NORTH ANDOVER — Compassion ruled at the North Andover Middle School track on Saturday, as about 130 people of various ages walked to raise money to help the Society of St. Vincent de Paul feed the hungry.
Jessica Connors, 44, and her daughter Faith, 14, started the walk at 9 a.m. and were still going strong two hours later. Faith, a freshman at Central Catholic High School, is required to do a community service project before receiving the sacrament of confirmation.
“I thought this would be the best thing to do because it helps those who are less fortunate,” Faith said. Also, she’s an athlete who plays volleyball and basketball and she liked the idea of doing something that involved physical activity.
“It’s a great cause,” said Charlene White, 52, of Haverhill, who did the walk with her granddaughter Shaelynn Carey, 8, of Methuen. White said she is fortunate that she has a good job with the state Department of Transportation.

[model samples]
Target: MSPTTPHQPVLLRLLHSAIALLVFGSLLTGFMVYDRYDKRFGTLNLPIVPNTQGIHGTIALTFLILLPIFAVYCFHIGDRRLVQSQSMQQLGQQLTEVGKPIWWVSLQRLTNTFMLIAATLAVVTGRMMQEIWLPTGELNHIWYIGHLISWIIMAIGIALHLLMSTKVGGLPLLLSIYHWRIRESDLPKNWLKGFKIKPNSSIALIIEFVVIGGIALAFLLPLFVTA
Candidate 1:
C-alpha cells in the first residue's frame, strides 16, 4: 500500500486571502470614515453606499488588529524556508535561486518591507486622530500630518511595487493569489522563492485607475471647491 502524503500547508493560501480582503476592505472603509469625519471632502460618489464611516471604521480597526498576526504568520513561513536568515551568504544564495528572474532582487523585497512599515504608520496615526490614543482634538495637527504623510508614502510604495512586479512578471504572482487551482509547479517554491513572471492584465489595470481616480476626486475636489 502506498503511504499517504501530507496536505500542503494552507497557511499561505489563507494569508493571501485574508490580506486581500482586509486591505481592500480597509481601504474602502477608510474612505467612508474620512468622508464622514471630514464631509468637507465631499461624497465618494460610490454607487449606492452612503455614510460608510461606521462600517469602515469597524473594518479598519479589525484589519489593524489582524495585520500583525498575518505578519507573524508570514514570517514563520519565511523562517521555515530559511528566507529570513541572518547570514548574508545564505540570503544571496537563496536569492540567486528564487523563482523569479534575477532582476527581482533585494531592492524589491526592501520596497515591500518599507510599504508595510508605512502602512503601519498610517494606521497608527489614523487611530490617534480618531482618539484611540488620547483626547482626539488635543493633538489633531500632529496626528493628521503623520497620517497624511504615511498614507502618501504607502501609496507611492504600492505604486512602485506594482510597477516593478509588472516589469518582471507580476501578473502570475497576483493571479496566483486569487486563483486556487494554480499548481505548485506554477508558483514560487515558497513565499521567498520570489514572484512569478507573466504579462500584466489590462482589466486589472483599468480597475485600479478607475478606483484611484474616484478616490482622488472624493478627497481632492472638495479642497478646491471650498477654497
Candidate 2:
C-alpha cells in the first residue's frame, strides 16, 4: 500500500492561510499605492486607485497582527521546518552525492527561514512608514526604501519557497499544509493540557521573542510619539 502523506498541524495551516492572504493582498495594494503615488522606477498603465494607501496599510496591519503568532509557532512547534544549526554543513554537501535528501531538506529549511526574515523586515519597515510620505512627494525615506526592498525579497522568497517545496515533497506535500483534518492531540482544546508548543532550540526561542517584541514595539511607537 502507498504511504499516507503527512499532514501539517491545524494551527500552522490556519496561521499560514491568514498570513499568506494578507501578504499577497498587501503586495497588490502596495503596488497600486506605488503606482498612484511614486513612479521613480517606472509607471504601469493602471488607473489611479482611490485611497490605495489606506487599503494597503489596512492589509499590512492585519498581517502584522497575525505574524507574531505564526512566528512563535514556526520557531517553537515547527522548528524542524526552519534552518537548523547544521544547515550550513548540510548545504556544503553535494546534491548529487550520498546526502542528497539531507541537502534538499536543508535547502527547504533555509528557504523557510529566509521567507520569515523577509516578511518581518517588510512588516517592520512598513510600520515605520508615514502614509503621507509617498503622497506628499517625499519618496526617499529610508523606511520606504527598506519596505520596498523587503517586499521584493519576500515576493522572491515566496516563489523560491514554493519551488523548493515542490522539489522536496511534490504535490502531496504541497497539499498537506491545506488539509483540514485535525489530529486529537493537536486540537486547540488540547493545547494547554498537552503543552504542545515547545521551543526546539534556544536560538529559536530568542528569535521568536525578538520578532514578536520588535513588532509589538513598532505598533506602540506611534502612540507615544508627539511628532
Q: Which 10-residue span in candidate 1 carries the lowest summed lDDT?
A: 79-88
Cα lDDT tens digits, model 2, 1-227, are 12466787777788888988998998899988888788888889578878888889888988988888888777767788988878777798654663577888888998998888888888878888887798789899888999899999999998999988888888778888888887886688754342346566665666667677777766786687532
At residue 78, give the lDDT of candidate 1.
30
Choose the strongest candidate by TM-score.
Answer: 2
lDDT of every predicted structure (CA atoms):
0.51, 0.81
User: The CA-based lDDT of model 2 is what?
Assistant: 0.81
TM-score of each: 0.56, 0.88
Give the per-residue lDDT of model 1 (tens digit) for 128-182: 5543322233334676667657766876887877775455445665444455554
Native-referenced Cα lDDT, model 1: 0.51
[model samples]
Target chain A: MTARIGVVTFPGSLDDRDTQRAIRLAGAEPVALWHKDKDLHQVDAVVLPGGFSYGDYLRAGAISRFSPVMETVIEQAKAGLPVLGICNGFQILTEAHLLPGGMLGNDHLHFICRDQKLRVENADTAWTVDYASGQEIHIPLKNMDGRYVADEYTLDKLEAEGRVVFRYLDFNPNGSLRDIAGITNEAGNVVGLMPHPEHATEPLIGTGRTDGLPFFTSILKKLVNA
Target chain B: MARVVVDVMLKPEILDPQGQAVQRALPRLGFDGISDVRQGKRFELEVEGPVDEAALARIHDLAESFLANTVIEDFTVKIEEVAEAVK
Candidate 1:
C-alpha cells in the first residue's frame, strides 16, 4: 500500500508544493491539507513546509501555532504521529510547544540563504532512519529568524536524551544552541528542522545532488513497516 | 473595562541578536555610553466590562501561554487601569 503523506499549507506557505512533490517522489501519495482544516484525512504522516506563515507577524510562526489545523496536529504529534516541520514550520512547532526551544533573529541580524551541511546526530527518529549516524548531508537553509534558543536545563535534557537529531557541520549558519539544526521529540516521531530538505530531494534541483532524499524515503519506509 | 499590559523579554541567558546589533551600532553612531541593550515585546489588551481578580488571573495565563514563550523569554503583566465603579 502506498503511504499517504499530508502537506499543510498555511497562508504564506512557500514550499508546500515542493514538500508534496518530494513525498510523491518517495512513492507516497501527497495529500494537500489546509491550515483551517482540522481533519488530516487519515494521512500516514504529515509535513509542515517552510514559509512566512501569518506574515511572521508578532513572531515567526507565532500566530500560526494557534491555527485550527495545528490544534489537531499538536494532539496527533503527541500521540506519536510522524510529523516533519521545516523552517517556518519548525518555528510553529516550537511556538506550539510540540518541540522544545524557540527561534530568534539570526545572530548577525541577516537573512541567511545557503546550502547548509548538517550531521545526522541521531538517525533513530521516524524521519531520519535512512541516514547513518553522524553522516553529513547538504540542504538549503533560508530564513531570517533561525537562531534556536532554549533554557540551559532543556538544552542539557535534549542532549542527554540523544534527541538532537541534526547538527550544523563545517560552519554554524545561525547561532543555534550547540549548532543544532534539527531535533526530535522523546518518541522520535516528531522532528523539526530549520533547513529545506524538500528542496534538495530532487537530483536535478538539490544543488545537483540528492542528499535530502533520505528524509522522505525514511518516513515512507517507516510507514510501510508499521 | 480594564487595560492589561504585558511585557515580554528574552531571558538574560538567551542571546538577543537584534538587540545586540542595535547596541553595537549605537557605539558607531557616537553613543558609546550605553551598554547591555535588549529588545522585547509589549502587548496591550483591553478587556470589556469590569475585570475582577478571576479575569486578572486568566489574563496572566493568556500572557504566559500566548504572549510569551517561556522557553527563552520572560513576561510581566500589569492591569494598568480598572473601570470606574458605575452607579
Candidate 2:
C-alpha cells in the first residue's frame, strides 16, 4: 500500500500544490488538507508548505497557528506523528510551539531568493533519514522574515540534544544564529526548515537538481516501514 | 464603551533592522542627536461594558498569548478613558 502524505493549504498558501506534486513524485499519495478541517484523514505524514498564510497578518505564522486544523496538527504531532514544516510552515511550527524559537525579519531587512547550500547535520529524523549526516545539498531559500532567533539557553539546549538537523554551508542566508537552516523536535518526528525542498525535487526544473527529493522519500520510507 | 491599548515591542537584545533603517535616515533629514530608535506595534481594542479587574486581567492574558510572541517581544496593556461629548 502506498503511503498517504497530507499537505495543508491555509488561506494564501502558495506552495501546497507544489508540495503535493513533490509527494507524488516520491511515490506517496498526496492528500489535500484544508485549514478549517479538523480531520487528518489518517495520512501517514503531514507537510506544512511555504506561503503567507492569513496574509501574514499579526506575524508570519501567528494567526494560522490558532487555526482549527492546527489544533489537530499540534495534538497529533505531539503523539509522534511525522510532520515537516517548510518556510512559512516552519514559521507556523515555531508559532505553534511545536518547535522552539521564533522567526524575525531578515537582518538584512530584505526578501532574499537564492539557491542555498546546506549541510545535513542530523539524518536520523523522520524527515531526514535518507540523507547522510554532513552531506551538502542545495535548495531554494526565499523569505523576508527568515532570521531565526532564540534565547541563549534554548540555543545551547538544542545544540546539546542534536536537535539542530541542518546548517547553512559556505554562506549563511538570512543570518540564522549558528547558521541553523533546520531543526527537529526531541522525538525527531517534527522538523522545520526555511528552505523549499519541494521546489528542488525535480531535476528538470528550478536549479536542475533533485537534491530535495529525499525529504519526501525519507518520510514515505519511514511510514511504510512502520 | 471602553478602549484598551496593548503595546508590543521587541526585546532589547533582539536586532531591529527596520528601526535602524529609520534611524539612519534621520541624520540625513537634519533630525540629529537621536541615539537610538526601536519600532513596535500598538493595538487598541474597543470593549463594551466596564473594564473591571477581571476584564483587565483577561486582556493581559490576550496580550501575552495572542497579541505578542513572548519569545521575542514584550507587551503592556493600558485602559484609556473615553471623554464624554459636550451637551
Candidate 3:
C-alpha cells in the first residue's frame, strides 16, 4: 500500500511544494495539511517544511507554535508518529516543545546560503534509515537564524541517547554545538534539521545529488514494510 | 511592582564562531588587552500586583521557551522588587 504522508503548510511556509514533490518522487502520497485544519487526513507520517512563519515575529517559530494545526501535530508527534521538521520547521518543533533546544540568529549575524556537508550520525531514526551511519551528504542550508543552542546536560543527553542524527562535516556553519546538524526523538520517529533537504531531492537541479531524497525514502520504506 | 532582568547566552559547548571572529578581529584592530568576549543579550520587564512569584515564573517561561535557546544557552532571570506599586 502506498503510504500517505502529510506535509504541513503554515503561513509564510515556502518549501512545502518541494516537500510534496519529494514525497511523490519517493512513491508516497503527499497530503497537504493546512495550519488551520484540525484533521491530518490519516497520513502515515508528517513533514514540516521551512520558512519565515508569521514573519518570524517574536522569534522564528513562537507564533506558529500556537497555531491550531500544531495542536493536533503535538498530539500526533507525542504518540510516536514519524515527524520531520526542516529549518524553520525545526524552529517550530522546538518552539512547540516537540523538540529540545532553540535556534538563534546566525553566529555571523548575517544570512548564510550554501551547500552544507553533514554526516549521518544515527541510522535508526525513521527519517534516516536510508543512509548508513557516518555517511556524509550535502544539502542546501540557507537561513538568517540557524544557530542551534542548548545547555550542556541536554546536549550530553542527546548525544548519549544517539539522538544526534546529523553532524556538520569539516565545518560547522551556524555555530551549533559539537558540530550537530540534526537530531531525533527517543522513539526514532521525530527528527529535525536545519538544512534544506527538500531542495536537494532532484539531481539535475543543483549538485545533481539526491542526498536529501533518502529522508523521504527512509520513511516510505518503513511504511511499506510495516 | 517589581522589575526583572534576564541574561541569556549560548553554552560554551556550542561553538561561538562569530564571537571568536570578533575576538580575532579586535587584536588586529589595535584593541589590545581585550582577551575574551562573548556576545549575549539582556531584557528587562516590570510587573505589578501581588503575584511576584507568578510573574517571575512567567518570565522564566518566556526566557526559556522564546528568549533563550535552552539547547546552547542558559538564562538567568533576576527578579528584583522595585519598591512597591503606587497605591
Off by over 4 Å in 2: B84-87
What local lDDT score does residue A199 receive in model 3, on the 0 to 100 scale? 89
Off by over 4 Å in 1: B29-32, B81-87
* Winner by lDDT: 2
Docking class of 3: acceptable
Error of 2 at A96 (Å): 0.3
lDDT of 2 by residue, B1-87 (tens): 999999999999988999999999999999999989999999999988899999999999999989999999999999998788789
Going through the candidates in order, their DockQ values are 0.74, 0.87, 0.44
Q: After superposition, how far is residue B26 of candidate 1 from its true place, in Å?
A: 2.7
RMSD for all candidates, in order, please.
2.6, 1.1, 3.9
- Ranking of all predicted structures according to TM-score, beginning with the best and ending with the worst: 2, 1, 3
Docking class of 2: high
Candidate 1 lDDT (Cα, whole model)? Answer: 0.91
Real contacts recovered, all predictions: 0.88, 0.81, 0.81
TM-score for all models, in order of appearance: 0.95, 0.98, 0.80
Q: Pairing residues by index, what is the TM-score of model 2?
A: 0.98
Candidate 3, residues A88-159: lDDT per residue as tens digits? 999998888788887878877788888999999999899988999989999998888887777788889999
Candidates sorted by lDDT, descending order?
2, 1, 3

Many people, she noted, are struggling to survive and some don’t even have jobs.
Robert Norbedo, 71, said the walk was a great way to “get money to help poor and needy people.” This was his sixth year of doing the walk, he said. He said he expected to do five miles – 10,000 steps.
Norbedo was accompanied by his friend Jerry Bateman, who is 68 but “I feel like 58,” Bateman said.
Both men pointed out there are many North Andover residents who are facing hard times – even though the town appears to be quite wealthy, with its many large houses.
“You can’t just sit home and read a book or watch the game while people need help,” said Bateman, who volunteers at Cor Unum, a church-affiliated program in Lawrence that provides meals for hungry people.
Larry Earley, 68, of Methuen, and his daughter Erin Earley, 30, set a brisk pace as they walked around the track.
“To help the poor so they can survive,” Larry Earley said when asked why he was doing the walk.
Erin teaches toddlers at the Head Start program in Haverhill. She said she wanted to help people who are “less fortunate that I am.”
Noting that the children she teachers are from lower-income families, she said she hopes efforts like the Walk for the Poor will “help them in their future.”
Joseph Contrada, coordinator of this year’s walk, said it was too soon to tell how much money was raised Saturday.